6. Mandal A, Watson J; Experience with different treatment modules in hidradenitis suppuritiva: a study of 106 cases. Surgeon. 2005 Feb;3(1):23-6.
  7. Scheinfeld N; Hidradenitis suppurativa: A practical review of possible medical treatments based on over 350 hidradenitis patients. Dermatol Online J. 2013 Apr 15;19(4):1.
  8. Onderdijk AJ, van der Zee HH, Esmann S, et al; Depression in patients with hidradenitis suppurativa. J Eur Acad Dermatol Venereol. 2013 Apr;27(4):473-8. doi: 10.1111/j.1468-3083.2012.04468.x. Epub 2012 Feb 20.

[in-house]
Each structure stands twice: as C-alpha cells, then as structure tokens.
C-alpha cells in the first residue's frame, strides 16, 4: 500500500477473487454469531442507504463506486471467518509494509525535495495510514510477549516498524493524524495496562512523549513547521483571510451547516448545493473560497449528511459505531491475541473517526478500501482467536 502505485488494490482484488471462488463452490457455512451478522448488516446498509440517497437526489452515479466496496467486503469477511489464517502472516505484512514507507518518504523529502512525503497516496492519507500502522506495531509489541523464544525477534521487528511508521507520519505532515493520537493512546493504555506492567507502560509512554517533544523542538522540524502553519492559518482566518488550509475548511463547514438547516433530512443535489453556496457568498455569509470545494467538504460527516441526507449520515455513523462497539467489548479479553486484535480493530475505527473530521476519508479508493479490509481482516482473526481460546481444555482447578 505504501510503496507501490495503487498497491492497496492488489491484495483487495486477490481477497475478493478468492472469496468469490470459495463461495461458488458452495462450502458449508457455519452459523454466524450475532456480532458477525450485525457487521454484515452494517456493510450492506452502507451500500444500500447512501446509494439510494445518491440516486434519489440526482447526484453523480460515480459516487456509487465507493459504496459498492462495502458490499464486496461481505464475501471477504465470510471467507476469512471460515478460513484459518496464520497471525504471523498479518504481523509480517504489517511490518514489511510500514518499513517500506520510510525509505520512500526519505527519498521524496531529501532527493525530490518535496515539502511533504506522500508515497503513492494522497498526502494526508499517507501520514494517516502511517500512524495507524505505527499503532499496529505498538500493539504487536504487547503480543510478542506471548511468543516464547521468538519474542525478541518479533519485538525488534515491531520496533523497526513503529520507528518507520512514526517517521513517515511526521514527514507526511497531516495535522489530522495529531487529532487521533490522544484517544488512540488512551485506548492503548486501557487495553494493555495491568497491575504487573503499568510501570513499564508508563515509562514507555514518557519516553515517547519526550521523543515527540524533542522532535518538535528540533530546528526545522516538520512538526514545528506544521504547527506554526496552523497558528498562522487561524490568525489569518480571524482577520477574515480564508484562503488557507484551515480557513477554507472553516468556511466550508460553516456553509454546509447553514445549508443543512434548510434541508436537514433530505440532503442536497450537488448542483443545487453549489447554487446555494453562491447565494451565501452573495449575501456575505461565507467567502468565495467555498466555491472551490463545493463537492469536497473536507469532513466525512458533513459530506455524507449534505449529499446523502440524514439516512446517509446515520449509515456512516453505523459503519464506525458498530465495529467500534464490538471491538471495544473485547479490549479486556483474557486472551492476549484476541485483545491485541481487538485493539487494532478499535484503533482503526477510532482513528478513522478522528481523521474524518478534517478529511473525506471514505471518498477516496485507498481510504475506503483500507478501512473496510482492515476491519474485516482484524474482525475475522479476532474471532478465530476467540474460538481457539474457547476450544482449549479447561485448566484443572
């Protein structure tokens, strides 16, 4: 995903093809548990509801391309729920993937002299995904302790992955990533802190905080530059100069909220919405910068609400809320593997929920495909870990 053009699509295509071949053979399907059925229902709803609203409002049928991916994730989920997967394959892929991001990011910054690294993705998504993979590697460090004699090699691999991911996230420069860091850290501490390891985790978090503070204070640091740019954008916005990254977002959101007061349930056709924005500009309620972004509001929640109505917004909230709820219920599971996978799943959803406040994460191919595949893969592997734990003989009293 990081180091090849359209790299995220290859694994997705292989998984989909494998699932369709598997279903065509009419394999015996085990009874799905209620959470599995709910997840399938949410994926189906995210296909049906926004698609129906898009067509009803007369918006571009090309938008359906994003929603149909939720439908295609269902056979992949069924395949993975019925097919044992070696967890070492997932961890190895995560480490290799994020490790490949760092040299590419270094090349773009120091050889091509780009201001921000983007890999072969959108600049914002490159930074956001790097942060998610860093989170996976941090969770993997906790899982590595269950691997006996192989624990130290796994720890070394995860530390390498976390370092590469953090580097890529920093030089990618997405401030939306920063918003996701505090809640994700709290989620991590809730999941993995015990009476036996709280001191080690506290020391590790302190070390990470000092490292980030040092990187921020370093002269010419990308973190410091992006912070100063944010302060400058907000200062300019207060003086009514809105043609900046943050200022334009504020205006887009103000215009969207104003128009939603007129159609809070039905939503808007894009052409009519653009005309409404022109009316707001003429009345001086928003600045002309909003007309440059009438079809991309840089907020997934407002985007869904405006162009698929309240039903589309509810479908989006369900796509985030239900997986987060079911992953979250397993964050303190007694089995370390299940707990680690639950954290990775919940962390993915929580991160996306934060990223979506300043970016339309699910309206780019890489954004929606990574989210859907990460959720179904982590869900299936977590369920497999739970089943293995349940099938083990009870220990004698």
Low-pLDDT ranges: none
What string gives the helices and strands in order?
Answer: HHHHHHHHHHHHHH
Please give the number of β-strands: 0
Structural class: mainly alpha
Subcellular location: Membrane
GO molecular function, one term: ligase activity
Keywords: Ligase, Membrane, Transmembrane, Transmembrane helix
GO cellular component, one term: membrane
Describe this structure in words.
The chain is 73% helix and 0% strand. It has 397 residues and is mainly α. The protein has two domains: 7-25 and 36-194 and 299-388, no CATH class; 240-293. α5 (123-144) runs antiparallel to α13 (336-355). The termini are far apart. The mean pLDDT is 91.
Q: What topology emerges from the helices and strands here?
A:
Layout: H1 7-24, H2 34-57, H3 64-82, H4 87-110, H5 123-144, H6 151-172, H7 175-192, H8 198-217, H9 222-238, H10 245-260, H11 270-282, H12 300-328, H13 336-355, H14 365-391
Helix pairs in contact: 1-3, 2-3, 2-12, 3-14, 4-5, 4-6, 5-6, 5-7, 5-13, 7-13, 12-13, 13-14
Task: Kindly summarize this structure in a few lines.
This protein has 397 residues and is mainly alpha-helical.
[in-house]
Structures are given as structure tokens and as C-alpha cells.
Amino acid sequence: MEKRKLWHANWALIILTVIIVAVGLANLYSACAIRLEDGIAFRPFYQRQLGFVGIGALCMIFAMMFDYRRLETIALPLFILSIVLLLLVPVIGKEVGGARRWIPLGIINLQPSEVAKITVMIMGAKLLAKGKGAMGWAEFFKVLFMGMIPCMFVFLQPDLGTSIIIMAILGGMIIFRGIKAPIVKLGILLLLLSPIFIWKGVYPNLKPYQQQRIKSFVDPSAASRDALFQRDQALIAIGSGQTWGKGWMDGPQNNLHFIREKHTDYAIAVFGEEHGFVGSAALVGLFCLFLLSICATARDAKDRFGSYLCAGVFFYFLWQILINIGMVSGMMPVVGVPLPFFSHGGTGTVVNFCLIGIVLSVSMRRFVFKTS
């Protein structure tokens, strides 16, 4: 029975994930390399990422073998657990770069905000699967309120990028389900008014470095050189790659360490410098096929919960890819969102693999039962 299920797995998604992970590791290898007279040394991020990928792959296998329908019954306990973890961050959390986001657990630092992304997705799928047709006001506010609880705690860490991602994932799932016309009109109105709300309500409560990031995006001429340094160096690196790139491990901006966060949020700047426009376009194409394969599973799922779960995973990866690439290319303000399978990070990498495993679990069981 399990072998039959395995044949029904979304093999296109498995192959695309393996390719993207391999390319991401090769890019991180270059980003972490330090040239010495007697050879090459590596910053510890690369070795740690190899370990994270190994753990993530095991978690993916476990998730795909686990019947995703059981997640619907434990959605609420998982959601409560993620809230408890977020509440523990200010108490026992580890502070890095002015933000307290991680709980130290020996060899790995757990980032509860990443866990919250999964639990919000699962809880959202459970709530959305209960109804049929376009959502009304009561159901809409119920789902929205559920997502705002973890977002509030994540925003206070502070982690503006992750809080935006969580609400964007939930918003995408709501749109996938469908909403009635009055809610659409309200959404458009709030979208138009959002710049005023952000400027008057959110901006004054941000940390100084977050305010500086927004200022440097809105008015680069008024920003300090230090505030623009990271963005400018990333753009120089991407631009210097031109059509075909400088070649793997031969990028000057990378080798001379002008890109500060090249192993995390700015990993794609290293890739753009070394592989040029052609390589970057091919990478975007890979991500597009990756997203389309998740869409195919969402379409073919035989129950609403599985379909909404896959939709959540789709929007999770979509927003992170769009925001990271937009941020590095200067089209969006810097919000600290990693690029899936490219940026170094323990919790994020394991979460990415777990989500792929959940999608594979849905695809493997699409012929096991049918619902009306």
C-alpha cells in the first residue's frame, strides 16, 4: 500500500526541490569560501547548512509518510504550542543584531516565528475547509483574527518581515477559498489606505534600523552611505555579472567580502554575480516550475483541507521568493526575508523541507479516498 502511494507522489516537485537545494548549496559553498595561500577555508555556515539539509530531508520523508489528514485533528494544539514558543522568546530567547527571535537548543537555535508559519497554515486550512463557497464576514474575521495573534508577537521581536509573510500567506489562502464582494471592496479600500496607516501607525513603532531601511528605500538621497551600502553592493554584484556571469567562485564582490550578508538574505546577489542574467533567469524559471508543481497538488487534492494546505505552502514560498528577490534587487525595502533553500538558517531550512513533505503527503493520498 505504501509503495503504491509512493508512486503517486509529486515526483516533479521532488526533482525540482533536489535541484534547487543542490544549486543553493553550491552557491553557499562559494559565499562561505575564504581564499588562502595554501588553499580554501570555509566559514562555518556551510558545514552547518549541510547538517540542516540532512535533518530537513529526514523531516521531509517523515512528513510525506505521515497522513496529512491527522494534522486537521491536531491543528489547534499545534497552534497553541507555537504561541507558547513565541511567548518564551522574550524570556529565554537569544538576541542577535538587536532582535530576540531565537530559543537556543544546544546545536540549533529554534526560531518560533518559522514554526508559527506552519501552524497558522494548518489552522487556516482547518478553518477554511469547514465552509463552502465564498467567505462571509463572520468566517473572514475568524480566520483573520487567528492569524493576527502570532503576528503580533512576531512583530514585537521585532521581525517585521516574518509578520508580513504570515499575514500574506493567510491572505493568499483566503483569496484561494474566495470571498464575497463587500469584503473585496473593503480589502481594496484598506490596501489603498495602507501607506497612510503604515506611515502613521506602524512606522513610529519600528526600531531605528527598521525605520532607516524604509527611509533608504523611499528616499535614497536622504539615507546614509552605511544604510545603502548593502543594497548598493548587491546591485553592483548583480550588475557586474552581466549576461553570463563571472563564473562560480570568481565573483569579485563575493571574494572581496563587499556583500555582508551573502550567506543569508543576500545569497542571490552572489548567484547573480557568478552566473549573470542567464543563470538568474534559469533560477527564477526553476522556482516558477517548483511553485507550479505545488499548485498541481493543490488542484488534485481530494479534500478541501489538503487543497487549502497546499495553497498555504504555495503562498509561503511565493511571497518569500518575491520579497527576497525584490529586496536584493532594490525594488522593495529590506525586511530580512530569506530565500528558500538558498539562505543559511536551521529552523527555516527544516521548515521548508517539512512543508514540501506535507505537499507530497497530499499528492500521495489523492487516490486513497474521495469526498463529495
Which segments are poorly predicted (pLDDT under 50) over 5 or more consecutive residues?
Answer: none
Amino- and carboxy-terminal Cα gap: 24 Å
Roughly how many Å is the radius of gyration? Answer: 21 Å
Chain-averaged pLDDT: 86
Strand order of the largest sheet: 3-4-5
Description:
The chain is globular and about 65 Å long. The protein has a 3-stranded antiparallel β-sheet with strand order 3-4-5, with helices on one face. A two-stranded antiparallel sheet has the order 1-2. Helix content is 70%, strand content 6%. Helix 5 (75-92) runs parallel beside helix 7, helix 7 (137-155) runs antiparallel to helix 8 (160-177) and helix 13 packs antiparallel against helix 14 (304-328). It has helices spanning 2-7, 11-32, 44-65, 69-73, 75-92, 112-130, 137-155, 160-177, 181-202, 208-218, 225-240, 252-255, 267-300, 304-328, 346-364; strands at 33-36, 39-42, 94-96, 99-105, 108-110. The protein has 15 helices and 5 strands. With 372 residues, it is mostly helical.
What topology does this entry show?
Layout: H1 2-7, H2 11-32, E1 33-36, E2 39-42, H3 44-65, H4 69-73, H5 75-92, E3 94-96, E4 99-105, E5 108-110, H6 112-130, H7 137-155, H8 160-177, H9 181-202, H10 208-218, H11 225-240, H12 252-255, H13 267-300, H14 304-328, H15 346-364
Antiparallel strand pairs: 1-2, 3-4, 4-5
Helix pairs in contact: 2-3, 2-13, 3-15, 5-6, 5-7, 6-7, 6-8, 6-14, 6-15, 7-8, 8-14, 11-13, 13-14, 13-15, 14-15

9. Alharbi Z, Kauczok J, Pallua N; A review of wide surgical excision of hidradenitis suppurativa. BMC Dermatol. 2012 Jun 26;12:9. doi: 10.1186/1471-5945-12-9.

Disclaimer: This article is for information only and should not be used for the diagnosis or treatment of medical conditions. EMIS has used all reasonable care in compiling the information but make no warranty as to its accuracy. Consult a doctor or other health care professional for diagnosis and treatment of medical conditions. For details see our conditions.

Original Author:
Dr Colin Tidy
Current Version:
Peer Reviewer:
Dr Helen Huins
Document ID:
2261 (v22)
Last Checked:
19/11/2013
Next Review:
18/11/2018